(CNN) -- She'll never forget the day her 17-year-old son, John, asked her permission to enlist in the U.S. military. "Mom, I owe this to my country."
Samantha Schroeder of Chester, Maryland, worries about her 19-year-old son, John, who is deploying to Iraq.
Now, at age 19, her son is a Marine preparing to deploy to Iraq.
"He doesn't care if you do or don't understand his choice; he isn't concerned with political views, religion or race. His greatest concern is doing the job he is asked to do with skill and pride, protecting those abroad and at home and standing up to the standards he has set for himself," Samantha Schroeder said.
iReporters shared an array of stories about how the Iraq war has affected them over the past five years.
One man said he met his wife, a fellow service member, while serving in Iraq.
Others described the pain of having fathers so far away, especially when new children are born. Some military wives said they often keep their true feelings to themselves, fearing that they would affect their husbands' morale in the field. See photos, hear stories of sacrifice »
Below are a selection of responses from iReporters, some of which have been edited for length and clarity.
Angela Fritz of Fort Hood, Texas
"Having [my husband] gone is the worst kind of pain. It is the burden I chose to bear but am not happy to. On the outside, I have to stand strong. I have to support my country and my husband, regardless of what I feel. That is the Army way. I am so proud of him for having the courage to step up and serve his country. On the inside, I am angry and worn thin. Of course, I want my husband home, but it's so much more than that now."
Samantha Schroeder of Chester, Maryland
"I am the mother of a 19-year-old Marine. He joined while still in his senior year. When he came to me to sign his enlistment papers, I was hesitant. No, I was downright, 'Not in a million years.' He was only 17. How could I give him permission? Just wait, I asked, and think about it some more. He looked at me with a mixture of fear in thinking I might not sign and anger in knowing I didn't understand. And what he said next has stuck in my head through all his training, and now he leaves in a week for Iraq. He told me, 'Mom, I owe this to my country.' ...
"Now, as he prepares for Iraq deployment, I am a little better prepared for what the future holds mentally. But to me, he and most of the men who will accompany him are so young. They still seem like boys to me, but I know they are men. Willing to serve their country. I remember 9/11 like it was yesterday, and I also remember the fear that was on that seventh-grader's face when he was bused home early that day and watched the events unfold on the TV. And now he stands as a Marine, willing to sacrifice his everyday freedoms to assure we are safe here at home."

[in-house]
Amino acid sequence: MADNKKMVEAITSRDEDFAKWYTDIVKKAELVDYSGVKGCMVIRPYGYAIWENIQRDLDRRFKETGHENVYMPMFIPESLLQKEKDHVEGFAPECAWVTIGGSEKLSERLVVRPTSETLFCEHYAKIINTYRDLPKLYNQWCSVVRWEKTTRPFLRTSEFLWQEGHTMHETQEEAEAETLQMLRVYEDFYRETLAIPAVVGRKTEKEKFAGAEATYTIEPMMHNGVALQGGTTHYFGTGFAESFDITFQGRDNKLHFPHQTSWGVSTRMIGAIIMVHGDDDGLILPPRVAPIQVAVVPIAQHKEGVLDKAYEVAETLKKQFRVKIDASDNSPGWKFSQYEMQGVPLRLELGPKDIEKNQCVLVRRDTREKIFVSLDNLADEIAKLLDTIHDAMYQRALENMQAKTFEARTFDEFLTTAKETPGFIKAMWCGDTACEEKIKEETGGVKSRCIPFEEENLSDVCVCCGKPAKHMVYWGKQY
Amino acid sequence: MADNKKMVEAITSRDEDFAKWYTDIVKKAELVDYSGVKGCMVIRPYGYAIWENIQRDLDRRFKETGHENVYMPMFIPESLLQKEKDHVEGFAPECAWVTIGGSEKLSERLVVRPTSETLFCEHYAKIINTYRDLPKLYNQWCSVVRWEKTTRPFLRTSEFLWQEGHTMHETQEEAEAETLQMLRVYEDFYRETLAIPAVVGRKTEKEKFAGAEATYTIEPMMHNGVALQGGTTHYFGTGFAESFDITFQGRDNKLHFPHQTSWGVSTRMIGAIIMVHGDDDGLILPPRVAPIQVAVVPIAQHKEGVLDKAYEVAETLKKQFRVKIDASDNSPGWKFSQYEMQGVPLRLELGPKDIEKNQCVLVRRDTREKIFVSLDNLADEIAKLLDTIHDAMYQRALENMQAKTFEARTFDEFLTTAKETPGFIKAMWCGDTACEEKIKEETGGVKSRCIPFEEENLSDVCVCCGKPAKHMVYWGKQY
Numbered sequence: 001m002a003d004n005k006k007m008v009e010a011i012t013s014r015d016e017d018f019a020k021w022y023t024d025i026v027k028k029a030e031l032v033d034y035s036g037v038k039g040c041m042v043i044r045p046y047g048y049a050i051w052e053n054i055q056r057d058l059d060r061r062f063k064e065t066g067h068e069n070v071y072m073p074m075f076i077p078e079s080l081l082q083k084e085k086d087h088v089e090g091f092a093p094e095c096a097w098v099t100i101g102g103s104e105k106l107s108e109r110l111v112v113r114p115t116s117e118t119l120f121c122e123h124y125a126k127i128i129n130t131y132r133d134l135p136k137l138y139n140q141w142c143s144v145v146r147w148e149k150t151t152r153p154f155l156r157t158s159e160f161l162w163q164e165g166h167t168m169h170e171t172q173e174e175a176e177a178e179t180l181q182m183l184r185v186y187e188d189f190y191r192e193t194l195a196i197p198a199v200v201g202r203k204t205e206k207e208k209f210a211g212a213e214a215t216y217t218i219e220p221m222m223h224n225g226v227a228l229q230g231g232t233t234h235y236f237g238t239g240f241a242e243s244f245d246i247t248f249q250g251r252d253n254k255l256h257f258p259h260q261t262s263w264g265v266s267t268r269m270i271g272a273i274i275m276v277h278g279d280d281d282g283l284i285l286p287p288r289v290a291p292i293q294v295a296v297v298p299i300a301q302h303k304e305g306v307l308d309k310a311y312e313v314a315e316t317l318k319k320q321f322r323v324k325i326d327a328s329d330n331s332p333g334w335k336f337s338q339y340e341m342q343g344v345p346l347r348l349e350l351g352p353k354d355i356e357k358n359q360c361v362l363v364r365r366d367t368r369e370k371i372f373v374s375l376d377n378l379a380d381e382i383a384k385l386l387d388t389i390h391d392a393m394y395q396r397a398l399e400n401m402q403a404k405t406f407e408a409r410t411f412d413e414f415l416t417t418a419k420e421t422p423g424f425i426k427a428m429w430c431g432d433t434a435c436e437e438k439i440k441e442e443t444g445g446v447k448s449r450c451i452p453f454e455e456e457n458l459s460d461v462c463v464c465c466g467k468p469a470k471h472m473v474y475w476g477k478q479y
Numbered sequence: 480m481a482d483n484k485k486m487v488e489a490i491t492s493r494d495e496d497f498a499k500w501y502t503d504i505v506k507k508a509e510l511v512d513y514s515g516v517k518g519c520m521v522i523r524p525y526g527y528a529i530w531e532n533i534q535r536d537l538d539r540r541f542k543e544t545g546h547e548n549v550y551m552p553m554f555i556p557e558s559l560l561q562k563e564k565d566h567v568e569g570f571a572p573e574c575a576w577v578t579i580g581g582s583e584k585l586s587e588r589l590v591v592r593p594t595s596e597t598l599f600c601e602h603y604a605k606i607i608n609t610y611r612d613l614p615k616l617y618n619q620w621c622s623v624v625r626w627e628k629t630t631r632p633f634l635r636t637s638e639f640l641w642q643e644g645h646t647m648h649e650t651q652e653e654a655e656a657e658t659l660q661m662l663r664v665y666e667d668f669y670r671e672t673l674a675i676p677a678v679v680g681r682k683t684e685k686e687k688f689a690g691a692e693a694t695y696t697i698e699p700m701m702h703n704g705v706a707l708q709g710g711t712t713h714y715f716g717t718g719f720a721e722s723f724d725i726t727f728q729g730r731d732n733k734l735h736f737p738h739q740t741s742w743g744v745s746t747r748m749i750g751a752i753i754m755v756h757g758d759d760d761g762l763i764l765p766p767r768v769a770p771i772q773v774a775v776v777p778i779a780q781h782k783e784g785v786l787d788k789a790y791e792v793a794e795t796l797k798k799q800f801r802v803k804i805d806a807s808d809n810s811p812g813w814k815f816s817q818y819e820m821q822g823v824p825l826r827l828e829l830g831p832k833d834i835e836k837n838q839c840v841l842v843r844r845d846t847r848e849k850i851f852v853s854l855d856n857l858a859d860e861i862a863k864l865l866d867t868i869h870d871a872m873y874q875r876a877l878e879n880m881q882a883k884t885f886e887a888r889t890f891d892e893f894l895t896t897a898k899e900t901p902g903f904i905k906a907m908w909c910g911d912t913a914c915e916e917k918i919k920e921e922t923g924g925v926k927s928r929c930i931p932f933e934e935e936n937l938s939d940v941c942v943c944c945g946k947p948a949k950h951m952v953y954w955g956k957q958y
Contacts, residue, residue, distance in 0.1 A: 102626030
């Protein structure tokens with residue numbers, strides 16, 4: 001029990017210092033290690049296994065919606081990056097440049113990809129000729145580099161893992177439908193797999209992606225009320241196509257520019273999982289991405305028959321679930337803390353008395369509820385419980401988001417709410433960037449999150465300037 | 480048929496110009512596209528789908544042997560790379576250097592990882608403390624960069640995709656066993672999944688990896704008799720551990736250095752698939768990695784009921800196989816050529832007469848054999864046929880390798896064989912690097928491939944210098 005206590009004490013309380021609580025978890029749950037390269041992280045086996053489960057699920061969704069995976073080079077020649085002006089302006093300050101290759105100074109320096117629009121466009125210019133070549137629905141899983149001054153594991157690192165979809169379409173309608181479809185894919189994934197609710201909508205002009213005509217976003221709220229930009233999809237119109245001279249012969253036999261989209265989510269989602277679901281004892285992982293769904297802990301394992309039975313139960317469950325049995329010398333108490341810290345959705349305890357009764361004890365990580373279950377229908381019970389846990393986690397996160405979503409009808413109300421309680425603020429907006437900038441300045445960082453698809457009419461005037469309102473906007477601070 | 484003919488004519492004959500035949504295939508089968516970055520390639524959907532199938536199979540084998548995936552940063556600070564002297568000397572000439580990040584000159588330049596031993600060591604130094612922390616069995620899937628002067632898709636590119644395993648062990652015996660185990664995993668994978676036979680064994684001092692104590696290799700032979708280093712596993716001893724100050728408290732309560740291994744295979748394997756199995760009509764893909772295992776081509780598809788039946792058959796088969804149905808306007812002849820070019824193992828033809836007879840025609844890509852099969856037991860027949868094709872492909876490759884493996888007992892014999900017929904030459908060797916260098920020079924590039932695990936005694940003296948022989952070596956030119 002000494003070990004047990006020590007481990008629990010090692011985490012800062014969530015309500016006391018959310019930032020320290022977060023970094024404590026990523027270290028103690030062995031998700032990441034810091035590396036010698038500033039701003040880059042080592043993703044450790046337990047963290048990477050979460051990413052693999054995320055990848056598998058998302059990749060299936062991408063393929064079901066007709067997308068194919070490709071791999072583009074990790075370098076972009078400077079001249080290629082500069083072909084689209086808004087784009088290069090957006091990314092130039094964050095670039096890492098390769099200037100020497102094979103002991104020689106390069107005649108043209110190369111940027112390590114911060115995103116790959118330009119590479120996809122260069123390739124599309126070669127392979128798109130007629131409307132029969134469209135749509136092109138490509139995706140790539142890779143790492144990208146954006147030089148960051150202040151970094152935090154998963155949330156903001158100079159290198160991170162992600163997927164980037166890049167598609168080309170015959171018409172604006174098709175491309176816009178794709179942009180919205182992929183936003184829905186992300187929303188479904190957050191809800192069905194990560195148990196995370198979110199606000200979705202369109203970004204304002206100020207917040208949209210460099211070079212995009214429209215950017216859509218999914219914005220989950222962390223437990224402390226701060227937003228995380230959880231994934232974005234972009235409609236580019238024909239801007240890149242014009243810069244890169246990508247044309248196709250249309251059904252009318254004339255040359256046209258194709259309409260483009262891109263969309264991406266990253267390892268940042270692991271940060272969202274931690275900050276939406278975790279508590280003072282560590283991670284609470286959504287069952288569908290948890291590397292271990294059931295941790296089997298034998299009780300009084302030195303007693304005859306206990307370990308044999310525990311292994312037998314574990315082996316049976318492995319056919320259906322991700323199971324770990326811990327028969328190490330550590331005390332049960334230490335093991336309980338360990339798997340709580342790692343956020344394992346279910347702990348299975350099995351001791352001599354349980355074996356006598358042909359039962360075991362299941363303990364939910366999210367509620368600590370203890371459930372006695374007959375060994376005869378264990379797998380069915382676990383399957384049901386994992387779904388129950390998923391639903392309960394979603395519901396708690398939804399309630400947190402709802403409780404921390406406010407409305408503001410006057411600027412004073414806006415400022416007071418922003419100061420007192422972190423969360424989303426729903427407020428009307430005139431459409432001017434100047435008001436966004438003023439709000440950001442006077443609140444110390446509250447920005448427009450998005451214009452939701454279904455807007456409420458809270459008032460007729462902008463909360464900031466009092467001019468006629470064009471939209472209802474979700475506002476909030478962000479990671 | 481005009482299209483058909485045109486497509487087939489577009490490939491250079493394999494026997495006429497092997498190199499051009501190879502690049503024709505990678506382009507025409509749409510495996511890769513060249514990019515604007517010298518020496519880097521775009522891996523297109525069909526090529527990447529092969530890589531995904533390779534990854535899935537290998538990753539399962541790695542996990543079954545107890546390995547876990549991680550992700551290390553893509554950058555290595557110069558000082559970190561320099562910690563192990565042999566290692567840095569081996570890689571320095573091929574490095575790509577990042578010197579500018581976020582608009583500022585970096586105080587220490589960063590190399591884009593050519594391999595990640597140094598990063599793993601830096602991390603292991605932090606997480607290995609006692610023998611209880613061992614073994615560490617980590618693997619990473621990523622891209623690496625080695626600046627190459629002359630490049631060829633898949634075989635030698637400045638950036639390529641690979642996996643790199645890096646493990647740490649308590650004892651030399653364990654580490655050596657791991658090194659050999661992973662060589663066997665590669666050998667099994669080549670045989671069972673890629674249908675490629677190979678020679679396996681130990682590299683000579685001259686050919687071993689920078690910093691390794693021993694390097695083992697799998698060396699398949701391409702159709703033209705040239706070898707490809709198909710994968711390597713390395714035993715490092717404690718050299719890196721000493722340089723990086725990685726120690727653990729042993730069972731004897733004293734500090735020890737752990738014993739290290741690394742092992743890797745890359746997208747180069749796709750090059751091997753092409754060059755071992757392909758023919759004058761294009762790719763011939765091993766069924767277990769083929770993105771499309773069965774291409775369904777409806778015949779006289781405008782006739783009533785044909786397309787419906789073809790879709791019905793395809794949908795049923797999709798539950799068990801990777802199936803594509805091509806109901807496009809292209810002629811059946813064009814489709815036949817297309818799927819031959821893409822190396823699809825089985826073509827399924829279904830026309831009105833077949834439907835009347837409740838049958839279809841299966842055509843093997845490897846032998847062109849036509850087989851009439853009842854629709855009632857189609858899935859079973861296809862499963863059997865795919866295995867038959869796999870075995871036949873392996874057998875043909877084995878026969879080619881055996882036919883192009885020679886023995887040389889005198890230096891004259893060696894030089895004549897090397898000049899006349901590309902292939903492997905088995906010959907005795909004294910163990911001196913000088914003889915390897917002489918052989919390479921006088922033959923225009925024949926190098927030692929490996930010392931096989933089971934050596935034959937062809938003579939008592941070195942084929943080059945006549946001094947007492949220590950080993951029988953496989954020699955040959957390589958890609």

Katherine Shigekane of Virginia Beach, Virginia
"The Iraq war has changed our lives in many ways. My husband has been serving in the Navy for 16 years, and since March 2003, he has been on four different deployments. Our lives have been affected in many ways. Our wedding plans were changed due to the invasion. He missed most of my first pregnancy. He was able to be home for the birth of our twins but left again when they were a year old and was gone until after their second birthday. He is now gone again. ... As a family I think we have learned to appreciate the time we do spend together."
"While serving in Iraq with the United States Marines, I met my wife. She is in the United States Army. We met while on R&R in Qatar. We did long distance for the remaining time that we had left of our deployment and then another year while I was still stationed in Cherry Point, North Carolina. She is still stationed at Fort Campbell, Kentucky. After I separated from the Marines as a corporal, I moved to Kentucky to be with her. We are now happily married, and she is on her third tour to Iraq. So even though the news shows all the bad things of war, some good really does come from it."
"I am a soldier in the U.S. Army. I am a 20-year-old combat veteran. I returned home this past summer and enrolled in college with hopes of going to law school. Unfortunately, with future deployments likely to postpone my schooling, I will be in college long past traditional college years. That is just a minor nuisance compared with the fact that relating to my family and friends is infinitely more difficult since I've returned. I find myself zoning out and going back to the war during family functions and when I'm out with my friends, I apparently talk in my sleep about the war and occasionally sleepwalk."
Sierra Derrick of Waymart, Pennsylvania
"This is the second time my husband is deploying to Iraq, and trust me, it only gets harder!! The first time, I was 17 years old, two months pregnant and a brand-new bride. (We got married literally the day before he left.) Now, exactly four years later, we are in the same situation, although things are a little different. Together we have two amazingly beautiful little boys, Connor and Carson, ages 3 and 1. Needless to say, he is their hero as well as mine.
"The impact that this war has had on our family has been extraordinary. We are so incredibly proud of him in ways that civilian families couldn't comprehend. We have been brought closer because of these deployments, and the support we have is absolutely phenomenal.
"In that sense, I believe it has been worth it." E-mail to a friend
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